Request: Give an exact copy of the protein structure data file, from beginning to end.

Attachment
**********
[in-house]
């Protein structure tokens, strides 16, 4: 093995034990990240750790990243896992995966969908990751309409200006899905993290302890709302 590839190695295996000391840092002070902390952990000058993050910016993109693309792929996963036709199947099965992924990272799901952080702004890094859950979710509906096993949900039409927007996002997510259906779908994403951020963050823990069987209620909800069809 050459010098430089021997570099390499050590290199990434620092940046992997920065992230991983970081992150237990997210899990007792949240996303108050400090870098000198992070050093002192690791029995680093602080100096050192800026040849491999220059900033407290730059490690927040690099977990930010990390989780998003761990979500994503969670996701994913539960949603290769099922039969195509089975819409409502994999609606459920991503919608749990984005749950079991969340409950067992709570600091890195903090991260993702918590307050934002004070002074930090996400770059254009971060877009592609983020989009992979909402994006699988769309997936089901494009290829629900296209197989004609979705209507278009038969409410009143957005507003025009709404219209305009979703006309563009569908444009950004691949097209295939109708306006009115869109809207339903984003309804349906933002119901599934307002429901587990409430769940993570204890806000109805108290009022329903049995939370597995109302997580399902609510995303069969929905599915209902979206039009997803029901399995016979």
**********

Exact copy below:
[in-house]
């Protein structure tokens, strides 16, 4: 093995034990990240750790990243896992995966969908990751309409200006899905993290302890709302 590839190695295996000391840092002070902390952990000058993050910016993109693309792929996963036709199947099965992924990272799901952080702004890094859950979710509906096993949900039409927007996002997510259906779908994403951020963050823990069987209620909800069809 050459010098430089021997570099390499050590290199990434620092940046992997920065992230991983970081992150237990997210899990007792949240996303108050400090870098000198992070050093002192690791029995680093602080100096050192800026040849491999220059900033407290730059490690927040690099977990930010990390989780998003761990979500994503969670996701994913539960949603290769099922039969195509089975819409409502994999609606459920991503919608749990984005749950079991969340409950067992709570600091890195903090991260993702918590307050934002004070002074930090996400770059254009971060877009592609983020989009992979909402994006699988769309997936089901494009290829629900296209197989004609979705209507278009038969409410009143957005507003025009709404219209305009979703006309563009569908444009950004691949097209295939109708306006009115869109809207339903984003309804349906933002119901599934307002429901587990409430769940993570204890806000109805108290009022329903049995939370597995109302997580399902609510995303069969929905599915209902979206039009997803029901399995016979």